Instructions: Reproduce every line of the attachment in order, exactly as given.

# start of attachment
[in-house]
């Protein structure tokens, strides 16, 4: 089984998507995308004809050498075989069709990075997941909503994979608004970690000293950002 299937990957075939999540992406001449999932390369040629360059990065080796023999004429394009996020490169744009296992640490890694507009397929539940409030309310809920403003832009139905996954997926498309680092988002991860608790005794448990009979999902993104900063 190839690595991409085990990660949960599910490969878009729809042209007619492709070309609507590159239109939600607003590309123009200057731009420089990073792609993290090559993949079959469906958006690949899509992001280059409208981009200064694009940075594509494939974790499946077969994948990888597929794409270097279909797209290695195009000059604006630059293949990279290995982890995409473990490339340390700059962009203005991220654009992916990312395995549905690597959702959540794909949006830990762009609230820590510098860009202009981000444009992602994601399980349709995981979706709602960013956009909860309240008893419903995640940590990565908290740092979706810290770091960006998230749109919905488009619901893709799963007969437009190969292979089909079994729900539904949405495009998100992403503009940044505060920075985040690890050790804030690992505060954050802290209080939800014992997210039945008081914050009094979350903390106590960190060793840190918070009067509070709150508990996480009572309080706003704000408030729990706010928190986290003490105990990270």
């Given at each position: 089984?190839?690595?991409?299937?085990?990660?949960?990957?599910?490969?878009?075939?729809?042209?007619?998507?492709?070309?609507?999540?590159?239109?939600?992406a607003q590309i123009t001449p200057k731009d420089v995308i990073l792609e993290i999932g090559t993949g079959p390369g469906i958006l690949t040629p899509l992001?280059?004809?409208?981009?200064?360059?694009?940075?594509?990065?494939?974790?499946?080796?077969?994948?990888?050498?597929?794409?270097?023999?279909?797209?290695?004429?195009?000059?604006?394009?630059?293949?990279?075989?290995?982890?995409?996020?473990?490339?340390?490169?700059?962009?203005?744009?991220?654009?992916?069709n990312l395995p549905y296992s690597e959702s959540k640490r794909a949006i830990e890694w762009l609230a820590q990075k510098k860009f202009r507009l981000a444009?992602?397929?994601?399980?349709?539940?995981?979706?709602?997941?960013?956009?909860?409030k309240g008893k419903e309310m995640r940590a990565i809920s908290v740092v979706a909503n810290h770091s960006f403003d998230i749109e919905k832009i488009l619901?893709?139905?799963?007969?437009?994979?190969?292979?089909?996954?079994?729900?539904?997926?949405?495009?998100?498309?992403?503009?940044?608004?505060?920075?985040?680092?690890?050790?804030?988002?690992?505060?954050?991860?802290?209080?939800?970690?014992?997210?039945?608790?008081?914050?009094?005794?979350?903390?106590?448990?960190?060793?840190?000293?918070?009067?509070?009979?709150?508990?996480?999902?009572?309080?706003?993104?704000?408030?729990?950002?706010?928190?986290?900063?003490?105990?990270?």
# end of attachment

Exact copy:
[in-house]
């Protein structure tokens, strides 16, 4: 089984998507995308004809050498075989069709990075997941909503994979608004970690000293950002 299937990957075939999540992406001449999932390369040629360059990065080796023999004429394009996020490169744009296992640490890694507009397929539940409030309310809920403003832009139905996954997926498309680092988002991860608790005794448990009979999902993104900063 190839690595991409085990990660949960599910490969878009729809042209007619492709070309609507590159239109939600607003590309123009200057731009420089990073792609993290090559993949079959469906958006690949899509992001280059409208981009200064694009940075594509494939974790499946077969994948990888597929794409270097279909797209290695195009000059604006630059293949990279290995982890995409473990490339340390700059962009203005991220654009992916990312395995549905690597959702959540794909949006830990762009609230820590510098860009202009981000444009992602994601399980349709995981979706709602960013956009909860309240008893419903995640940590990565908290740092979706810290770091960006998230749109919905488009619901893709799963007969437009190969292979089909079994729900539904949405495009998100992403503009940044505060920075985040690890050790804030690992505060954050802290209080939800014992997210039945008081914050009094979350903390106590960190060793840190918070009067509070709150508990996480009572309080706003704000408030729990706010928190986290003490105990990270």
């Given at each position: 089984?190839?690595?991409?299937?085990?990660?949960?990957?599910?490969?878009?075939?729809?042209?007619?998507?492709?070309?609507?999540?590159?239109?939600?992406a607003q590309i123009t001449p200057k731009d420089v995308i990073l792609e993290i999932g090559t993949g079959p390369g469906i958006l690949t040629p899509l992001?280059?004809?409208?981009?200064?360059?694009?940075?594509?990065?494939?974790?499946?080796?077969?994948?990888?050498?597929?794409?270097?023999?279909?797209?290695?004429?195009?000059?604006?394009?630059?293949?990279?075989?290995?982890?995409?996020?473990?490339?340390?490169?700059?962009?203005?744009?991220?654009?992916?069709n990312l395995p549905y296992s690597e959702s959540k640490r794909a949006i830990e890694w762009l609230a820590q990075k510098k860009f202009r507009l981000a444009?992602?397929?994601?399980?349709?539940?995981?979706?709602?997941?960013?956009?909860?409030k309240g008893k419903e309310m995640r940590a990565i809920s908290v740092v979706a909503n810290h770091s960006f403003d998230i749109e919905k832009i488009l619901?893709?139905?799963?007969?437009?994979?190969?292979?089909?996954?079994?729900?539904?997926?949405?495009?998100?498309?992403?503009?940044?608004?505060?920075?985040?680092?690890?050790?804030?988002?690992?505060?954050?991860?802290?209080?939800?970690?014992?997210?039945?608790?008081?914050?009094?005794?979350?903390?106590?448990?960190?060793?840190?000293?918070?009067?509070?009979?709150?508990?996480?999902?009572?309080?706003?993104?704000?408030?729990?950002?706010?928190?986290?900063?003490?105990?990270?």